The Deluxe Mouse contains a steel ball and a pair of soft rollers which end in gears which turn the potentiometers.  You can move the ball to a point where the potentiometers will not go further.  Unlike Serial, PS/2 or bus mice, the joystick interface cannot generate an IRQ.  This means that the mouse cannot tell software that it has moved, instead the software must poll the joystick port at regular intervals.  Here are a few photographs of the Deluxe Mouse's internals :





Many DOS games support a mouse cursor, and a couple will work reasonably well on a 4.77MHz or 7.16MHz Tandy system.  The early LucasArts SCUMM games starting with Maniac Mansion and the MacVenture ports like Shadowgate have a cursor which can be controlled with a joystick or a mouse. Wasteland and Dragon Wars also support a cursor, but those games (ported from the Apple II) can be played best by mastering the keyboard commands.

There are a pair of joystick-to-mouse drivers in the wild.  One is JOY.SYS and is loaded in CONFIG.SYS.  This works well with the Tandy Mice.  The other is JMOUSE.COM and can be loaded with AUTOEXEC.BAT.  This works well with regular joysticks but not with the Tandy mice because it requires calibration. The Tandy Deluxe Joystick can work as an ersatz mouse using these programs, but expect some jitter in the cursor and imprecision.  You can download both from here : http://www.oldskool.org/guides/tvdog/utilities.html

Tandy also released the Digi-Mouse, a bus-style mouse that does not work in a serial or PS/2 port.  Its expansion card comes in standard pin connector and PLUS-style form factors.  Both adapters have a real time clock chip on them but are hard to find.  Obviously, both the mouse and clock chip require special drivers, which can also be found at Tvdog's site.  The driver has a Microsoft copyright as viewed in a hex editor.  The Digi-Mouse connector uses a 9-pin connector and can support three buttons and two pairs of quadrature signals, just like a Microsoft Inport mouse.  I would not be surprised if Microsoft's Inport mice could also work with the driver and expansion card, although the signals may require rewiring.  The card uses IRQ3.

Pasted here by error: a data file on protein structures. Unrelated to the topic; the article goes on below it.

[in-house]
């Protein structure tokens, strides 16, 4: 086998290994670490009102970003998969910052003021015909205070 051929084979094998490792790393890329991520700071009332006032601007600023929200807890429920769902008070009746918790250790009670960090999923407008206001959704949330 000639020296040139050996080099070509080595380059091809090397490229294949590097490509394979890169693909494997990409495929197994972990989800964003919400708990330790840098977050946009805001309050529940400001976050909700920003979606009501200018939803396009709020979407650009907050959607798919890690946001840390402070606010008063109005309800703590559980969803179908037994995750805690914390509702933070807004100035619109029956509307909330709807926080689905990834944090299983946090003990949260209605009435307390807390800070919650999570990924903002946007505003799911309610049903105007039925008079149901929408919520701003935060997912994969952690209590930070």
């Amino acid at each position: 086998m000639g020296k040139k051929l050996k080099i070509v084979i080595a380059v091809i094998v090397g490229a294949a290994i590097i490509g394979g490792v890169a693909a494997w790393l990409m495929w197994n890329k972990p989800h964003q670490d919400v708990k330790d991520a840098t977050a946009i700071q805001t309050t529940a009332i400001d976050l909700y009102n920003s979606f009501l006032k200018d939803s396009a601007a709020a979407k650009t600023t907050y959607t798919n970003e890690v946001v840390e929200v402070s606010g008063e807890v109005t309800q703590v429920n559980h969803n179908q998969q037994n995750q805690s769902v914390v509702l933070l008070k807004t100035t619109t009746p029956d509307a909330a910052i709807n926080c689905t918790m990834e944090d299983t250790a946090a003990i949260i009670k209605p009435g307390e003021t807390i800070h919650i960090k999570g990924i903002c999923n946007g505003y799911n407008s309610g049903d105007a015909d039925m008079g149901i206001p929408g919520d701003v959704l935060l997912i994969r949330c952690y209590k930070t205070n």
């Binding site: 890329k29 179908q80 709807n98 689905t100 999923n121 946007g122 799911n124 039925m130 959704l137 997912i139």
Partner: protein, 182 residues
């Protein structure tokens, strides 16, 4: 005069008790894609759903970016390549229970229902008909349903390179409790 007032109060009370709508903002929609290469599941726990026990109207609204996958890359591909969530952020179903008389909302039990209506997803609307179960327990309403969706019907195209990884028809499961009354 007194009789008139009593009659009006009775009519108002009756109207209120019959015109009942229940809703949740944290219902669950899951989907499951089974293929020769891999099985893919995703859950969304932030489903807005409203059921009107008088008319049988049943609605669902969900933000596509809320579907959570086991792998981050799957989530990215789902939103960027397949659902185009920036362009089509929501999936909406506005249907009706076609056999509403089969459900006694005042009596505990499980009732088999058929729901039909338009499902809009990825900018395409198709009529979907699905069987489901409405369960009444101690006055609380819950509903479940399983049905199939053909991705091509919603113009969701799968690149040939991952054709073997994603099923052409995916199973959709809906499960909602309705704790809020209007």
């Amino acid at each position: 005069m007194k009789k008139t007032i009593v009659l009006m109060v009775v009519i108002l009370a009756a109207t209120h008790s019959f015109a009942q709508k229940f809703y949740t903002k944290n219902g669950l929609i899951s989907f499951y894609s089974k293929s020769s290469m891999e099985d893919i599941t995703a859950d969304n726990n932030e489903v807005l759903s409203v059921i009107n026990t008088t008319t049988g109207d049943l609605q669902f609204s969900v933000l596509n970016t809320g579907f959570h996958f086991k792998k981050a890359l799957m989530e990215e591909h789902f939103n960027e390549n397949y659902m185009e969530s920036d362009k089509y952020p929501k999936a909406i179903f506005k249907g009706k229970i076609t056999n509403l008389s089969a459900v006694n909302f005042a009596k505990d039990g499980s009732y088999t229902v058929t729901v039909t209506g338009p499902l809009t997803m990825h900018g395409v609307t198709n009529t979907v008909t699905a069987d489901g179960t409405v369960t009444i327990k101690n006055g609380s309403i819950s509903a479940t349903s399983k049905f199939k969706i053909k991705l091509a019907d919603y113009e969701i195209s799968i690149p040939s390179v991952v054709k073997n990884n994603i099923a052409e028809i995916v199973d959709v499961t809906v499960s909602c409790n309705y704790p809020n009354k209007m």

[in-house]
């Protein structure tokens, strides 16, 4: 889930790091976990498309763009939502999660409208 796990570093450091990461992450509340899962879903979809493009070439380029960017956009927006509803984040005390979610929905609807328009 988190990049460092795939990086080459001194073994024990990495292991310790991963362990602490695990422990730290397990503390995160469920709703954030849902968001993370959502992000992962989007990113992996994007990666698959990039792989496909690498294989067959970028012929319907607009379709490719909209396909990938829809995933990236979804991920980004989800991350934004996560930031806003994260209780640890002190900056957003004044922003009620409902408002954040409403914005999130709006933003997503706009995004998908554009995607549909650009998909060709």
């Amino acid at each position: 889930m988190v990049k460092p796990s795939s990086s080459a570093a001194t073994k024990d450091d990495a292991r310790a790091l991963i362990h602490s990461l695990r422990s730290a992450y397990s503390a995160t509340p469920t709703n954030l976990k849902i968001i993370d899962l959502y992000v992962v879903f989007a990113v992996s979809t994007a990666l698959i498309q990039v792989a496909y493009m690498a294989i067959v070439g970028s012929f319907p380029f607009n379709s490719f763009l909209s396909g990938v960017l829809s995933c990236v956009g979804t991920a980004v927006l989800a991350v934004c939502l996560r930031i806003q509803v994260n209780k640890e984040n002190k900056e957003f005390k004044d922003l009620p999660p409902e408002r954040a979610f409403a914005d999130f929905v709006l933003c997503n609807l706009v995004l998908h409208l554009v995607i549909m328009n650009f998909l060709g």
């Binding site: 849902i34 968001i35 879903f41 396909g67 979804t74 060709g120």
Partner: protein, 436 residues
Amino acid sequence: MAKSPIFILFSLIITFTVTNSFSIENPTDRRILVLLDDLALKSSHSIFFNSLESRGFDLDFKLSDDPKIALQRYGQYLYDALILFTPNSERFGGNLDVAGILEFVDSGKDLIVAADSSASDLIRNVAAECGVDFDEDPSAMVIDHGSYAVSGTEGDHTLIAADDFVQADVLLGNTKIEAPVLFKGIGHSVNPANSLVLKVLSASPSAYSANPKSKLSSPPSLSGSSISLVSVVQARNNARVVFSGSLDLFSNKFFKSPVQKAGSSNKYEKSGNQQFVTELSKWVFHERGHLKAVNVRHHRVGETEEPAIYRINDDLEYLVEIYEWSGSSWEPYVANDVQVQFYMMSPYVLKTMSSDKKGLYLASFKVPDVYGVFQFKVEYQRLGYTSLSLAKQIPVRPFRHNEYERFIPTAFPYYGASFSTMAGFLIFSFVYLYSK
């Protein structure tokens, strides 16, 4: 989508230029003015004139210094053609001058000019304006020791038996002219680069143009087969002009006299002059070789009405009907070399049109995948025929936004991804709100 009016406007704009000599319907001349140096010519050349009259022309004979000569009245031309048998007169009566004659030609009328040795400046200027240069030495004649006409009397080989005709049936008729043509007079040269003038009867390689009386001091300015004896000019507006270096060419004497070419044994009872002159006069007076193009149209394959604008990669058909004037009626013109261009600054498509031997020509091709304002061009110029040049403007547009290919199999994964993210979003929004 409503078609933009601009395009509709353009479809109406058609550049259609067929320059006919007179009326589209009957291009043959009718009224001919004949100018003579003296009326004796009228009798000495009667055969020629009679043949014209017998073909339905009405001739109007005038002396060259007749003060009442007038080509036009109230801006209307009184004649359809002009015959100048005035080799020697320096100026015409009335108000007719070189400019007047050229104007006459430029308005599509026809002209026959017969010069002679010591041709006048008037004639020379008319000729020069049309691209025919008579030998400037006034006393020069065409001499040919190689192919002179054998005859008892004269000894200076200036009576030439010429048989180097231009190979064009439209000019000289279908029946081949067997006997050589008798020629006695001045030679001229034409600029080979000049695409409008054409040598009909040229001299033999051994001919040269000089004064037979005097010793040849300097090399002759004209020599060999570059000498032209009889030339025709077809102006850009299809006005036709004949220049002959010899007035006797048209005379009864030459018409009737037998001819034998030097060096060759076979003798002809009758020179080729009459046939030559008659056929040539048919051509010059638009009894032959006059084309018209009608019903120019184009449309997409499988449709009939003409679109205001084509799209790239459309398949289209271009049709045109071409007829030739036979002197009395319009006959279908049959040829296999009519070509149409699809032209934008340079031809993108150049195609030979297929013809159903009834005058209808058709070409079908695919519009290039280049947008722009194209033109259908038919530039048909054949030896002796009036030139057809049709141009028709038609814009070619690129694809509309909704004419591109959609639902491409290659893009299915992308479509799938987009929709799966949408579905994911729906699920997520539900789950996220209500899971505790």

Eventually Tandy would release its own serial mice and PS/2 mice.  The Tandy 1000 TX is the first Tandy 1000 to come with a built-in serial adapter, and the later 1000s always had one.  The TL/3, RL, RLX and RSX also support PS/2 mice, but you will have to manually set the IRQ in the mouse driver (except for the RSX) because these systems lack IRQs 8-15 and the PS/2 mouse IRQ is assigned to 2.  They assign the IRQ to 3.

Additionally, Personal Deskmate, which came with the Tandy 1000 EX, comes with the JOY.SYS driver. In fact, with Personal Deskmate, the cursor will be corrupted with any mouse driver except the JOY.SYS driver or the Digi-Mouse driver (see below).  Personal Deskmate 2 and later GUI versions are not picky about the mouse driver loaded.  Unfortunately, the JOY.SYS driver does not like the PCT 286 Express Accelerator Card and will refuse to allow the PCT software to run if the JOY.SYS driver is installed.

The Tandy Deluxe Mouse still shows a jittery cursor with the JOY.SYS driver and many programs.  Low resolution graphics and text modes will not show as much jitter as medium and high resolution graphics modes. Moveover, some games like the high resolution version of Maniac Mansion, do not like the driver and will show some erratic cursor movement.  If you are going to experience jitter, then you may as well use a joystick instead of a mouse.  Ultimately, if you have a joystick with the free-form switches, I cannot recommend using these mice on a Tandy 1000.